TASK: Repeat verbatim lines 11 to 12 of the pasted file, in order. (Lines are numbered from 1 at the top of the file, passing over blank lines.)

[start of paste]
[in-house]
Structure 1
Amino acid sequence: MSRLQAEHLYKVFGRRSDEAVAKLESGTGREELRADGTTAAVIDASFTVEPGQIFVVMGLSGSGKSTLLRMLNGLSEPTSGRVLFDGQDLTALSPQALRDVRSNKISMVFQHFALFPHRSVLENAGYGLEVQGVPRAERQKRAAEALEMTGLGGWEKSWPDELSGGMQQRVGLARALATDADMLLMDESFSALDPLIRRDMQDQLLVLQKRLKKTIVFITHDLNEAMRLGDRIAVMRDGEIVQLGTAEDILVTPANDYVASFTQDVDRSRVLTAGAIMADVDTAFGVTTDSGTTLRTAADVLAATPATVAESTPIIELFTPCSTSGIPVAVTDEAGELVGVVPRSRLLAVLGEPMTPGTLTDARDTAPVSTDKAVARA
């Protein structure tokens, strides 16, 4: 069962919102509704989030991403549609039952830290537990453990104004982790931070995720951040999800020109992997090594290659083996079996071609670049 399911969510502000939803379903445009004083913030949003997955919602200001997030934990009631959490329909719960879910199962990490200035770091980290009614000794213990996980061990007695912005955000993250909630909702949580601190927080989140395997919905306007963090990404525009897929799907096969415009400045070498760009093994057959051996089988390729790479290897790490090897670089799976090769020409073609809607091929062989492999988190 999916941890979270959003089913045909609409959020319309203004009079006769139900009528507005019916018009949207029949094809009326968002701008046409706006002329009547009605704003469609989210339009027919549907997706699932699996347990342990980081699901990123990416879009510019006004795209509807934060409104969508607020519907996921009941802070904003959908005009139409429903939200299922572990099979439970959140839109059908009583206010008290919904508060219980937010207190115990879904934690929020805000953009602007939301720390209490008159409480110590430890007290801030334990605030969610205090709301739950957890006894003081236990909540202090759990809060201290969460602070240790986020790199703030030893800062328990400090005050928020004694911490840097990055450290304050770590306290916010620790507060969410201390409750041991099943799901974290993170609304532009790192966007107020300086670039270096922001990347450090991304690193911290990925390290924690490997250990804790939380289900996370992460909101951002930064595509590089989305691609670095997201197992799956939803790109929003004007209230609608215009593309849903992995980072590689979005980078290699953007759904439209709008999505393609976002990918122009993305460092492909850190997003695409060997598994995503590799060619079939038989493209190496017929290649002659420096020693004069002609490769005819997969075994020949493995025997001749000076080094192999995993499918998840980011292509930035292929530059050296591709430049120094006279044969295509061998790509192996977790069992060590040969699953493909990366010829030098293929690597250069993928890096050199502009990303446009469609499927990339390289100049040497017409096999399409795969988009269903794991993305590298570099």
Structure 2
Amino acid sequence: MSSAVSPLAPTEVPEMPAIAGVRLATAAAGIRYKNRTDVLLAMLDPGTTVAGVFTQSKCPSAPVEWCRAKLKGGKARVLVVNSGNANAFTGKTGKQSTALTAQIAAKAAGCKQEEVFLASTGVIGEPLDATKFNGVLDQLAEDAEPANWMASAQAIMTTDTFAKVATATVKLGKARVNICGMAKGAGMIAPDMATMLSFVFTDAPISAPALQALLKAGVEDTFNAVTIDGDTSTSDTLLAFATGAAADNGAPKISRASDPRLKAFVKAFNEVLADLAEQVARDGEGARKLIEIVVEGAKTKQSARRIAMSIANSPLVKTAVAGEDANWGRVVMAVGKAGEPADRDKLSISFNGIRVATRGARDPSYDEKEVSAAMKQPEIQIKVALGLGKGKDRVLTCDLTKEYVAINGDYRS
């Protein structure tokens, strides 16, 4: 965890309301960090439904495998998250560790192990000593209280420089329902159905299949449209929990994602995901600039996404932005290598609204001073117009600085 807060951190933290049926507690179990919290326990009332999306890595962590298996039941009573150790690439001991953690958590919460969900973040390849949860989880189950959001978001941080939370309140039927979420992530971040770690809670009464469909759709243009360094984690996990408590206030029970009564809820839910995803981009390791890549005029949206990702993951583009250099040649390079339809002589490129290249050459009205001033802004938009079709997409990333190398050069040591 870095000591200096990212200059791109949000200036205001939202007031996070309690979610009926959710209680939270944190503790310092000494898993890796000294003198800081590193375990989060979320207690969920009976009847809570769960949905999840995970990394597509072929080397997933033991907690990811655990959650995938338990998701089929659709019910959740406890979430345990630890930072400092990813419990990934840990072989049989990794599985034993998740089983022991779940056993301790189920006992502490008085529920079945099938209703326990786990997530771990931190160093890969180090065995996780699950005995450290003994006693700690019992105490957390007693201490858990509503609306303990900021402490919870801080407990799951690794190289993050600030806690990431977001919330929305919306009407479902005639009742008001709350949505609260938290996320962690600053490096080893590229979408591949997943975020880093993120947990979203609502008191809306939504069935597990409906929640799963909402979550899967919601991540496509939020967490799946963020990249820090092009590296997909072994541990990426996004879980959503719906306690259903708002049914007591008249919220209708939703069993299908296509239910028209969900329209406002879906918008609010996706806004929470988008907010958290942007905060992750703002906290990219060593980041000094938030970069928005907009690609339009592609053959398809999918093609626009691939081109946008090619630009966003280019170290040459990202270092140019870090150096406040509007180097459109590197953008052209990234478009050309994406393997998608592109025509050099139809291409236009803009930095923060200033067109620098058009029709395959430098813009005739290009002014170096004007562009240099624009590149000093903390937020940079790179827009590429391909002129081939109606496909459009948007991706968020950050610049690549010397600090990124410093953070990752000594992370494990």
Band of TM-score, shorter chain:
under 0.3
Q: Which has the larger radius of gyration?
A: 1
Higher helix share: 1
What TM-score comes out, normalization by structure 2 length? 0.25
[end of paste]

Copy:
A: 1
Higher helix share: 1